Juergen Krauss's picture
Juergen Krauss

Look at the pictures in there 

http://www.lefa-berlin.de/downloads/TA-Roetz.pdf

page 31

This is a classic 70% rye

suave's picture
suave

Yes, but what does it have to do with the fact that the bread in the first photo is mostly wheat?

Mirko's picture
Mirko

My recipe 'Mischbrot' or exactly name in german is 'Weizenmischbrot' (Wheatmixedbread - I know sounds stupid) is 30% rye flour and 70 % bread flour, if there is 70% rye and 30% bread flour is Roggenmischbrot (Ryemixedbread) but this is the case in Germany. But here in America or Canada you can call it no matter how.

Weizenmischgbrot(30/70) is lighter in color as Roggenmischbrot(70/30), so if I see the picture it looks like Weizenmischbrot(30/70).

I used to live in Germany for 18 years and Weizenmisch-/Roggenmischbrot were my favorites breads.

I think Juergen Krauss bread (with 70/30) will be more darker as the bread on John's picture, but this is very good recipe, is worthy to bake.

Nice greetings from Manitoba

Mirko

suave's picture
suave

I don't think that looking at crumb color is a reliable way of determining bread composition.  For example, how much rye do you see here?

 

 

Now, what about this one:

 

Mirko's picture
Mirko

I agree, just looking at crumb color is not good way to determinig bread composition, is only life experience. Iuse to live in Germany and they have a lots of various kind of breads. We use to eat almost every day Weizenmisch- or Roggenmischbrot.

Weizenmischbrot is lighter in color and the bread on  your first picture looks like Weizenmischbrot but could be any other kind of bread (Spelt bread, light spelt, or light rye bread...). Second could be wheat bred with some wohle-wheat , high-extraction flour or 40% medium rye, but I just guess.

Mirko

 

suave's picture
suave

It's not a bad guess.

Mirko's picture
Mirko

I would like to know what kind of bread is on the second picture?

Mirko

suave's picture
suave

You were not that far off on this one, it's 20% medium rye/80% hight extraction flour.

Nickisafoodie's picture
Nickisafoodie

I often make three stage bread that is 35% whole ground rye, 25% whole ground wheat, and 40% white bread flour using a 100% hydration starter - see picture below.  It is slightly darker than the second picture above by Suave due to the combined whole grain percentage of 60% (rye and wheat portion and using all of the ground flour, no sifting). 

Im a venturing a guess that the picture first shown by Song of the Baker in this post does not likely have a lot of Rye flour in it, guessing 15-20% give or take, the rest being white flour.  At 30% the breads become darker and certainly more so as you increase.  While I agree with Suave that color is not a great indicator, anything north of 30% rye will be darker than shown at the top.   Perhaps try a 25% rye 75% white flour and you can increase proportions over time.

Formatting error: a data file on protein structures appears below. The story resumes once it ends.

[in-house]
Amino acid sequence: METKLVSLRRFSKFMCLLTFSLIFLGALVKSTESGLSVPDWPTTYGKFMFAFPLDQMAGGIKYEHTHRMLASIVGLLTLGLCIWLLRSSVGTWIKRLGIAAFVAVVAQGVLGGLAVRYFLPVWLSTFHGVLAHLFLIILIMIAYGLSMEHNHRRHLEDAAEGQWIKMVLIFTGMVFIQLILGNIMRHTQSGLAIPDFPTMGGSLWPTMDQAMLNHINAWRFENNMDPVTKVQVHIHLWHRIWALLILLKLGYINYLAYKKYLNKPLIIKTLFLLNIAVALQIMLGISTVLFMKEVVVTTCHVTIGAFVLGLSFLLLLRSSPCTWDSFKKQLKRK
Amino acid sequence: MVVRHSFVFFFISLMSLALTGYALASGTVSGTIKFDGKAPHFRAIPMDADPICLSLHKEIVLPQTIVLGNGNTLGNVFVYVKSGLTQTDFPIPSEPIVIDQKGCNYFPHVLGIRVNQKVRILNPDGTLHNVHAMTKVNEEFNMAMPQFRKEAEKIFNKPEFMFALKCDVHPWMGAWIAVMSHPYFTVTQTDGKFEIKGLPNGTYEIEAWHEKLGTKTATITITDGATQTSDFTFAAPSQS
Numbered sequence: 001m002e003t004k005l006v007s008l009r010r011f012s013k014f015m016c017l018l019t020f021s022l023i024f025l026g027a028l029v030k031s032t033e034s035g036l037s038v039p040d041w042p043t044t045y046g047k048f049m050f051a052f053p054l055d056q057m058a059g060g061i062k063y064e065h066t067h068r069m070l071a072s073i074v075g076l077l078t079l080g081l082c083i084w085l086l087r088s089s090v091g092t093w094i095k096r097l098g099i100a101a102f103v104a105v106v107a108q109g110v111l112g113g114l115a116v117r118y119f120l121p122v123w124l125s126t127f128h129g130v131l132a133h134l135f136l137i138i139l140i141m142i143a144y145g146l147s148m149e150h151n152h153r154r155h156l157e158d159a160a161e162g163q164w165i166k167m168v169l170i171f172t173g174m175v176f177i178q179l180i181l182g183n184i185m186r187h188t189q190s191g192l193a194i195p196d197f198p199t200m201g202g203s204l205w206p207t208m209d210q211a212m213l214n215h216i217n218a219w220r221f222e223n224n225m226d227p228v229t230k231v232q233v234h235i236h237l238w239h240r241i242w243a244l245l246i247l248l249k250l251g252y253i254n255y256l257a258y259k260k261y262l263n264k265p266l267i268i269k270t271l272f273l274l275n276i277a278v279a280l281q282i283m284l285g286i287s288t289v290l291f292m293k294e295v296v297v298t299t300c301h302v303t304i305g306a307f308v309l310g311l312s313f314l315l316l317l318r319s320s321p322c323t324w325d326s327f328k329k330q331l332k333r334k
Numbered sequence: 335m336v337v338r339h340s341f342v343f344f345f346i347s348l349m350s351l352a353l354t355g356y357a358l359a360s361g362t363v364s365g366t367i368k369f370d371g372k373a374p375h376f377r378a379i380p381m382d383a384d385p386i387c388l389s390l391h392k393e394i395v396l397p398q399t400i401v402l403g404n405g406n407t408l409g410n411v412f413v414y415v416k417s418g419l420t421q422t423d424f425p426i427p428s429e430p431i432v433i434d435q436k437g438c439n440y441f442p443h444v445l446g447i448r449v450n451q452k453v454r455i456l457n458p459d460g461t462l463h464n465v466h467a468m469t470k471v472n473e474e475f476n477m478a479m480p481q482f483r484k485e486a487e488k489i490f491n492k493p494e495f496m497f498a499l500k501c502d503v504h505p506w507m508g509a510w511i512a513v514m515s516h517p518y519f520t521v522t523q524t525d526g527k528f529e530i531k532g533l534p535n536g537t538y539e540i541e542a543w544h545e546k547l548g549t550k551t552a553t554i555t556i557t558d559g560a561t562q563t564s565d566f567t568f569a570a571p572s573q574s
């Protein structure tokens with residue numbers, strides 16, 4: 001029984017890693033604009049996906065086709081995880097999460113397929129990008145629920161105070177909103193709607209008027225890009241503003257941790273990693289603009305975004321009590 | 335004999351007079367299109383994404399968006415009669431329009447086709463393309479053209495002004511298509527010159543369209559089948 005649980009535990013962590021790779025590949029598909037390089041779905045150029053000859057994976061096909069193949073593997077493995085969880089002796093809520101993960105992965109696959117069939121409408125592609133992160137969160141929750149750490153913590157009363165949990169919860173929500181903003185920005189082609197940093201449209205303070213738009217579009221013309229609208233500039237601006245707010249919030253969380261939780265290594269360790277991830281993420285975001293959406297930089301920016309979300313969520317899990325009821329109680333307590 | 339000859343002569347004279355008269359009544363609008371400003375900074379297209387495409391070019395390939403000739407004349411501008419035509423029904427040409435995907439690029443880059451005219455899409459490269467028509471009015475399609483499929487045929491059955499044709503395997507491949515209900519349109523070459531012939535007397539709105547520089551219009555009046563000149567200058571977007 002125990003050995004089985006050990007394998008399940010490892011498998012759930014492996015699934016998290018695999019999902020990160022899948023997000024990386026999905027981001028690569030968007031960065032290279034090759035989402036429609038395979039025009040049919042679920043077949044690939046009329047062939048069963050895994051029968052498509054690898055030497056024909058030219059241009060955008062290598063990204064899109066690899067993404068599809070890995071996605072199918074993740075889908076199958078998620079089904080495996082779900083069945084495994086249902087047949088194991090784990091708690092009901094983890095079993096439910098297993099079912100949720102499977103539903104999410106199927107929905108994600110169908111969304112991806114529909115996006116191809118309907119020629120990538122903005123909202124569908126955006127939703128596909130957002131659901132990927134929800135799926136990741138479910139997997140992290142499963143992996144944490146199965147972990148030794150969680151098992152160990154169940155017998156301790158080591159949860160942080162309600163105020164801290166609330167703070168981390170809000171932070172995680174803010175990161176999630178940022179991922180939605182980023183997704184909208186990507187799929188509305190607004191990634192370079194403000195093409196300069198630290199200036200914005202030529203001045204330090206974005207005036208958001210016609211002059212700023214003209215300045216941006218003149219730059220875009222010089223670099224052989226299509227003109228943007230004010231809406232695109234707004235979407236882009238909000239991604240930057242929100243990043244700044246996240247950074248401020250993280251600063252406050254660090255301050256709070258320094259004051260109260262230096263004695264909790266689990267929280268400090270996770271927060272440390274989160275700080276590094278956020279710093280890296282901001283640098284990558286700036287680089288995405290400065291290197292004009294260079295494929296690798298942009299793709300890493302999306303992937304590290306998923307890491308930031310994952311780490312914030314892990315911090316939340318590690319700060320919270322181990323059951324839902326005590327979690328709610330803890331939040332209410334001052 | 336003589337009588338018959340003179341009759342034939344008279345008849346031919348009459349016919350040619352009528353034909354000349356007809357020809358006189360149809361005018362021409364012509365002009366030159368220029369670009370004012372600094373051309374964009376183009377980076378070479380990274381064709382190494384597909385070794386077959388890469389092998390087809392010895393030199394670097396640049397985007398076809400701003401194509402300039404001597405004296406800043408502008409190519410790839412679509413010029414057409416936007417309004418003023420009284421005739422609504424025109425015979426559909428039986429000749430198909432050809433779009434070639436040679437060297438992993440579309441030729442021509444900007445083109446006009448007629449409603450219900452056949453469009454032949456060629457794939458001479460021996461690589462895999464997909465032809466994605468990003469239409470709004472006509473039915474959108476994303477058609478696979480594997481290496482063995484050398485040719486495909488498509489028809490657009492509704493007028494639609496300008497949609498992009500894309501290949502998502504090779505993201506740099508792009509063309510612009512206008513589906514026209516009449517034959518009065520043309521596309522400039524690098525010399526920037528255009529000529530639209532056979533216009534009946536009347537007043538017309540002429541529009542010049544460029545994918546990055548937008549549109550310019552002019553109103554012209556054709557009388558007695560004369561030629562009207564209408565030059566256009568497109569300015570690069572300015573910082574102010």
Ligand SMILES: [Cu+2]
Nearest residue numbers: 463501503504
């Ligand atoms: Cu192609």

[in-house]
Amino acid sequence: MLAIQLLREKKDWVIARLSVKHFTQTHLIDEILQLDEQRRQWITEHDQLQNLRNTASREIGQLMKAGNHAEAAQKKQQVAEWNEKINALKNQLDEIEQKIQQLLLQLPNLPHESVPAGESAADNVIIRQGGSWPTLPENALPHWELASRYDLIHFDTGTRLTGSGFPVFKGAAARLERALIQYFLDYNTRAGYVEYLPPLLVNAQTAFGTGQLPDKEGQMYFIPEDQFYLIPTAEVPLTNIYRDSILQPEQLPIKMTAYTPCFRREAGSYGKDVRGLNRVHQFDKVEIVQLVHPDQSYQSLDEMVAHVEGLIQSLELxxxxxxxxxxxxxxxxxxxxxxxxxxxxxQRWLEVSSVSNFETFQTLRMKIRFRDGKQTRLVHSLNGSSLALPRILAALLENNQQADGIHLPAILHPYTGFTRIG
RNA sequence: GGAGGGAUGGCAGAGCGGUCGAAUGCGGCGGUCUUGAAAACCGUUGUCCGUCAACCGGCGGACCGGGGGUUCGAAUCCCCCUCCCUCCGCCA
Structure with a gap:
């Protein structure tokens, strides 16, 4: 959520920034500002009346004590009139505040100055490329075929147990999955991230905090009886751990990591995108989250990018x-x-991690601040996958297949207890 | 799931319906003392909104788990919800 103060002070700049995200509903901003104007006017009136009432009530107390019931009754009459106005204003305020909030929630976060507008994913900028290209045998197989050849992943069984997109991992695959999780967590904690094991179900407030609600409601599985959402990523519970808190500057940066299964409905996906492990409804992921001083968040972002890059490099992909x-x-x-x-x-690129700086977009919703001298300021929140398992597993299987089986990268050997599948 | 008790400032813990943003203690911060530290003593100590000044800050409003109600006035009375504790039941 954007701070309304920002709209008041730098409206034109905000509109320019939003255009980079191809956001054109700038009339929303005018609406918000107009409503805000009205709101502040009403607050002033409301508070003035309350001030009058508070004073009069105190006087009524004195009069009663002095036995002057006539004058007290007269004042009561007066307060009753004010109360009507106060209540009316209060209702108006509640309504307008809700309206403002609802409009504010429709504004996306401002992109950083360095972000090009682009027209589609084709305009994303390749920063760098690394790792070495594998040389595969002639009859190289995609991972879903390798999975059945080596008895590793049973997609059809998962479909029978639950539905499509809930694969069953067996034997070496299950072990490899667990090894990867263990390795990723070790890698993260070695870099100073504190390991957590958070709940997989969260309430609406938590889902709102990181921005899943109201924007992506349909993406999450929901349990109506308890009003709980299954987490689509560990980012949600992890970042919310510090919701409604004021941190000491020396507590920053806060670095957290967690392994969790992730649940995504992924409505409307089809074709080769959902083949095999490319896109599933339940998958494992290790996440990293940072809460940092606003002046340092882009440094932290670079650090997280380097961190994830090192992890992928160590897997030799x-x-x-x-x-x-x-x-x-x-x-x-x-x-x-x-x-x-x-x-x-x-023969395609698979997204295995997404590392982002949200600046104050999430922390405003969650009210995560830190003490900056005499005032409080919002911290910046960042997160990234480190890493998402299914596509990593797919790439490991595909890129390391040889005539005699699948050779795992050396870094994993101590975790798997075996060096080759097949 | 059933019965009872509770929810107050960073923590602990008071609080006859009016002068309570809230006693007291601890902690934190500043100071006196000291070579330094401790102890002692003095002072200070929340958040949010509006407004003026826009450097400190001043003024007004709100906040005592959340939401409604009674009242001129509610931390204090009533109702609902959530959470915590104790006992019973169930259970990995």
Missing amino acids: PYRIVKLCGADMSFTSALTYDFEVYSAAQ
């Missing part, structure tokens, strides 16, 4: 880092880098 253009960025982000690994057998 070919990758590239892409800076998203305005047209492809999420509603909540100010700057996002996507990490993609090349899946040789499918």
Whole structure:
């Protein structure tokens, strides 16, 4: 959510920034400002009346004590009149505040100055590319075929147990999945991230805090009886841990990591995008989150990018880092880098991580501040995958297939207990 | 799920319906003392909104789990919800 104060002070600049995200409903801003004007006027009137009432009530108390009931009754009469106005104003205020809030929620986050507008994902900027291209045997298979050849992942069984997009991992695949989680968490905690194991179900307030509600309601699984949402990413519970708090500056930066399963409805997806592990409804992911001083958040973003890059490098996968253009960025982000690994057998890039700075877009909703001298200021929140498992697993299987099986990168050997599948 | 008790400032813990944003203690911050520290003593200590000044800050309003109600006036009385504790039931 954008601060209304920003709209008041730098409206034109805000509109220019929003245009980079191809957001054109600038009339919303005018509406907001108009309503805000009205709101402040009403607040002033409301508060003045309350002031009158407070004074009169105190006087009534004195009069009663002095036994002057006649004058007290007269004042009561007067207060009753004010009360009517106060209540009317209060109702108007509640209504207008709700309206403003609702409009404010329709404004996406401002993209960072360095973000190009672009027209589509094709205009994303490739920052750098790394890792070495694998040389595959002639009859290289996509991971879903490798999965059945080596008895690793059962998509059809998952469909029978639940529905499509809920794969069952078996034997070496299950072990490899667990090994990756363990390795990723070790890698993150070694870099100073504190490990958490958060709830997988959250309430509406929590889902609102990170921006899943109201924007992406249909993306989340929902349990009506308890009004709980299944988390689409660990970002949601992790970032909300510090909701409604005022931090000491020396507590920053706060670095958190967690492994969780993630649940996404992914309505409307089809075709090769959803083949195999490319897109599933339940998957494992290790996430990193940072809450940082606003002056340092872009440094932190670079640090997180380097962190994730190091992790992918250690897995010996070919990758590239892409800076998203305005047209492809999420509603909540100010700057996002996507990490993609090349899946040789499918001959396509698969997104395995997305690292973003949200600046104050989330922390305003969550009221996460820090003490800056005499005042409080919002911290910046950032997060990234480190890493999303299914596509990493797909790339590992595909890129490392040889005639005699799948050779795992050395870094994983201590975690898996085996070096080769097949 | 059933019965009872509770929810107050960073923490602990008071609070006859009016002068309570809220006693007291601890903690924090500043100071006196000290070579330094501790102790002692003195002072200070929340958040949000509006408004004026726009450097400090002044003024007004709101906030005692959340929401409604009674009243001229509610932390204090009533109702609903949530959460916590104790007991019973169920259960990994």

Another key element in the final product is taste re yeast or no yeast.  Using a 100% rye starter at 100% hydration, combined with mutliple builds can give you a subtle barely tart/sour style (using a small percentage of preferment), or a more aggressive style by using a larger portion of preferment.  

Those German bakers out there, would love to see recipes using only natural starters ranging from light to heavy rye usage, and descriptions of the names - and ideally would appreciate if anyone can point me to reference material...  thank you, and good luck.  Ryes are amazing no matter what...

 

Nickisafoodie's picture
Nickisafoodie

One more pic: 55% rye, 10% whole wheat (both fresh ground and 100% used in recipe, no sifting out of bran, etc) and 35% white flour.  It looks lighter than the one above even though it has more rye.  partly due to lighting, but is actually is lighter with 35% white vs. 40% in the pic above.  So perhaps the higher percentage of whole wheat above made the difference.   Using the whole part of the grains may also be a reason why, vs "light rye".

Both followed the similar build schedules...  Cheers!

grind's picture
grind

Not sure if it's already been mention in this thread, but alot of these ligh rye breads use white rye flour.  It's rye flour with the bran and germ removed (I think).  I don't know that an ingredient list would necessarily specify what type of rye flour is used in the bread.  Although, if it doesn't say whole rye flour, that could be a hint that they are using a sifted rye flour of some kind.  Just a thought.

Juergen Krauss's picture
Juergen Krauss

of different ratio "Mischbrote"

Click on the bread and they tell you the ratio.

http://www.hofpfisterei.de/hpf_sortiment_natursauerteigbrote.php

John mentioned this bakery in his initial post, I think.

Cheers,

Juergen

Song Of The Baker's picture
Song Of The Baker

Actually, I had not mentioned this site or bakery, but thanks for posting it!  What a great tool to figure out breads by crumb photos.

John